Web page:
So Ozymandias, know you're not alone. Not everyone is comfortable with losing XP or feels compelled to tell you you're wrong-headed about it.

            Comment


            • #23
              Originally posted by Hannigan Rex View Post
              I'm not sold on no XP either. I know it's a semantic issue, but there's a difference between "this is the experience you've earned, you may spend it in these fashions at these intervals," and "we have reached a point in this series of stories that I have decided you can gain additional abilities."
              But you don't "spend" XP in Savage Worlds. It's just a tracker for when you get your next Advance. It's not like certain other systems that require you to expend XP on powerful spells or abilities; experience points in SW have no real value. They're just place-holders.

              Milestone advances just don't feel earned to me. They feel given. I don't want that. If advances are going to be a part of the game, I want them to be something I acquire.
              This is just a matter of perception. The GM is still in full control of when players Advance whether they use XP or not. What you are talking about is the "illusion" of earning an Advance. GMs generally already plan for the players to be at a certain advancement/Rank when they build the adventure. Its how they balance the threat level.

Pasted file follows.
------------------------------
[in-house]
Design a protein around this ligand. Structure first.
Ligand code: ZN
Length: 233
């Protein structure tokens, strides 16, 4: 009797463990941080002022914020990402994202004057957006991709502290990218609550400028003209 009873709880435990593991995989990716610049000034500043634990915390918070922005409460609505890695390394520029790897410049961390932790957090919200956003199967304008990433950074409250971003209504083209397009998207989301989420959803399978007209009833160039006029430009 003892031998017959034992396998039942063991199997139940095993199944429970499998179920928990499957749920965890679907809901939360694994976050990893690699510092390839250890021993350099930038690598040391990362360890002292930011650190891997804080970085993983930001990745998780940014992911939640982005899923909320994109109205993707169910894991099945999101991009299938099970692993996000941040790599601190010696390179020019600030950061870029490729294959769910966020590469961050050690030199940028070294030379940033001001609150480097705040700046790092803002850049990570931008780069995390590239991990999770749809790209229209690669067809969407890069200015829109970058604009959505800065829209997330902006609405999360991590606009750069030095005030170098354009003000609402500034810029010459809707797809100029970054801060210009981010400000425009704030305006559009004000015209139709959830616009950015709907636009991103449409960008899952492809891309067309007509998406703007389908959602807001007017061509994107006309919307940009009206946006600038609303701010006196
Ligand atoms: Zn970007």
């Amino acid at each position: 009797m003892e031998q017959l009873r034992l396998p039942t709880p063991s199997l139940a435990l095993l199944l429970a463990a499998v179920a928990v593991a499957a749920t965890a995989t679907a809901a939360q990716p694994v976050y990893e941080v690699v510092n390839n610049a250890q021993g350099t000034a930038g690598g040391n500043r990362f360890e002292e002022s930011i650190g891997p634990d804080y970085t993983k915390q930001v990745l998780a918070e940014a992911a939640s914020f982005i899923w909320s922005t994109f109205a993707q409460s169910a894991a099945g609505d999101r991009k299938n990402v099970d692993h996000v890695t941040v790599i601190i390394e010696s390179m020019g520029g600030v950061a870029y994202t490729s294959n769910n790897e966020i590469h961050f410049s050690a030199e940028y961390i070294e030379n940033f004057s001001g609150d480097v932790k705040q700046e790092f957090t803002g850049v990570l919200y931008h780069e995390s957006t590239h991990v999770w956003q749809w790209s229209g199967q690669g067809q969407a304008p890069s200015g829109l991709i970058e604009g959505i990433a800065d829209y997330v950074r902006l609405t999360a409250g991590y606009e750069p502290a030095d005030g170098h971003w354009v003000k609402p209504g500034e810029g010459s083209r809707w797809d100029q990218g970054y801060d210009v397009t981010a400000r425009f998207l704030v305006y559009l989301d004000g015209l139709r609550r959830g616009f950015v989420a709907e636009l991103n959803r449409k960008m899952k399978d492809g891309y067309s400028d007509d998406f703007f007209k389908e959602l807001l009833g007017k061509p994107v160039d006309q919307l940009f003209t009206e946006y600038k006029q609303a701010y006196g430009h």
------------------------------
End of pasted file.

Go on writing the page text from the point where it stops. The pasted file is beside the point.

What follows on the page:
Unless you're talking about the GM handing out extra XP for good roleplaying, lucky dice rolls, etc. Many GMs (myself included) don't like this method simply because it doesn't so much reward good players, but punishes bad/inexperienced players. The player that doesn't immerse themselves in their character because they are new to the hobby (or had a crappy day and just weren't feeling it, or whatever) shouldn't have to take a hit because of it.

              XP should be rewarded to the team for making a team effort. If the mission was a great success, everyone wins, even if just one guy carried the victory. And if the mission went bust... well, to quote Baseketball, "It was a team effort, and it took all of us working together to lose this one."

              Comment


              • Hannigan Rex
                Hannigan Rex commented
                Editing a comment
                Fine, you don't "spend" it. I prefer my tracker to be called Experience rather than a Milestone. It's the trapping of it. It's entirely about the perception of it. I said as much.

                I always preferred Pinnacle/Great White games because as a GM, I didn't have to plan for players to be certain levels. There wasn't a threat level to balance. I was not referring to experience as a reward for good rp for individuals. Milestones seem to require much more planning and don't seem to allow for side missions to have relevance. IE - I would likely set milestones to happen at the end of each plot point. Savage tales filling between those plot points can be pretty and fun, and maybe have a narrative effect on the central plot, but are ultimately a distraction to driving toward advancing the plot and character advancement.